Hello Fernando! Our explainer outlines some of the work we're doing/planning. We have a couple more explainers coming up (that we will link to in the document) so that we can have more concise information for our improvements, but that link provides the main source of truth.

Maybe try this:

Type is:service-worker-initiated or is:service-worker-intercepted in the Network panel filter text box to view requests that were caused (initiated) or potentially modified (intercepted) by a service worker.

Let me know if you had another question or if I misunderstood.

Yes this is all very helpful and that explainer document comes with great detail, those areas you/your team are working on seem like will have a very positive impact in how we can interact & debug Service Workers. Thank you @hiamerica !

Happy to help! Let me know if you have any related feature requests in the future.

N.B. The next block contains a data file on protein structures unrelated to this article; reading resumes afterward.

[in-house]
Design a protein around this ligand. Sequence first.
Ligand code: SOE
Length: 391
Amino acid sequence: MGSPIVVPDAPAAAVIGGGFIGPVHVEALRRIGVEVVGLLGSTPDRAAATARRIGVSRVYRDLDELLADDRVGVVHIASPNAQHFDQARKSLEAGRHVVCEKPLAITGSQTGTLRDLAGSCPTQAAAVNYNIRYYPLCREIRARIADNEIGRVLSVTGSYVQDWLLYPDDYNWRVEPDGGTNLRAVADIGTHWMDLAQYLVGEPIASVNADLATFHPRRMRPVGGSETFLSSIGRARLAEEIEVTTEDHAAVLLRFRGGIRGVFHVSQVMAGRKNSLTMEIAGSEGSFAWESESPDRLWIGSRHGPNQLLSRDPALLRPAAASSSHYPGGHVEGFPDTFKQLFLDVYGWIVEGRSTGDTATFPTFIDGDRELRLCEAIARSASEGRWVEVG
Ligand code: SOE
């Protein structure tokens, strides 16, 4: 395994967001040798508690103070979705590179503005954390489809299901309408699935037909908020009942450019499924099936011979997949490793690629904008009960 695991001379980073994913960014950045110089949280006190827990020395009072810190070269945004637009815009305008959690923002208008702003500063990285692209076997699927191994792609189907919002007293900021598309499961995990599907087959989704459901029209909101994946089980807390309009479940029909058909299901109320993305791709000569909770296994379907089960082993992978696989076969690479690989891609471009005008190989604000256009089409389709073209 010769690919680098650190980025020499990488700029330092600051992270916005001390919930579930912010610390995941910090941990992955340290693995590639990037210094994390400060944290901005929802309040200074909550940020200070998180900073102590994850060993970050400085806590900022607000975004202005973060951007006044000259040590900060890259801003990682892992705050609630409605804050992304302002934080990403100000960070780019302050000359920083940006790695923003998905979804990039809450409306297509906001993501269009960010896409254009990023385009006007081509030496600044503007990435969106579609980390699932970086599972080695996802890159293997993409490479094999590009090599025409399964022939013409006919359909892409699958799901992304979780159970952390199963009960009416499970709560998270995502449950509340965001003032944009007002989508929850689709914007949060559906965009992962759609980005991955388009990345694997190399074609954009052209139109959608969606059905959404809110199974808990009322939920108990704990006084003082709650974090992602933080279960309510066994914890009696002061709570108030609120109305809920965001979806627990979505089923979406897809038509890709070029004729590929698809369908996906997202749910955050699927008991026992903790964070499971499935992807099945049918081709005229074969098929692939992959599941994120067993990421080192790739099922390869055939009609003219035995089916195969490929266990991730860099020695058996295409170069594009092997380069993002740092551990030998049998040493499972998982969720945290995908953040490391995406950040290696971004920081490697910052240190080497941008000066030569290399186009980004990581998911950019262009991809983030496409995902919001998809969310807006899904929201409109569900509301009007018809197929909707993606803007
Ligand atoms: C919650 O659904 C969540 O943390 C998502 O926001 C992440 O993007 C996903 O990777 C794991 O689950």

Can you please integrate a tool to analyze/profile CPU/GPU usage of a tab/page? I would like to know what causes a page to wake up my CPU and how often it‘s woken up by which JavaScript function call. Same thing with GPU.


Hey Galuh, there is such a thing already in the browser, but it may be a bit hidden. If you go to the ... above your profile, select "More Tools" and "Browser Task Manager" you get a task manager for each tab/process:

Browser Task Manager


Thanks for posting to dev.to, It's folks like you that make this the most relevant site around in 2020. I recently gave Edge another shot after abandoning it prior to the Chromium change. I was totally shocked at how much I liked it. The new look is great!

I had used IE dev tools years ago and spent at least the last 5 years in Chrome dev tools. Looking forward to peeking into edge dev tools now!


The good news is that if you're familiar with the Chrome ones, you know these. They are both the same code base.


I have to say that the impact you folks at Microsoft had on Chromium in such a short span is quite remarkable. Kudos!

My question is the following: I find the tools on Accessibility a bit disappointing - not referring to the accessibility of the tools themselves, but rather the accessibility tree explorer and so on. What do you have planned about it?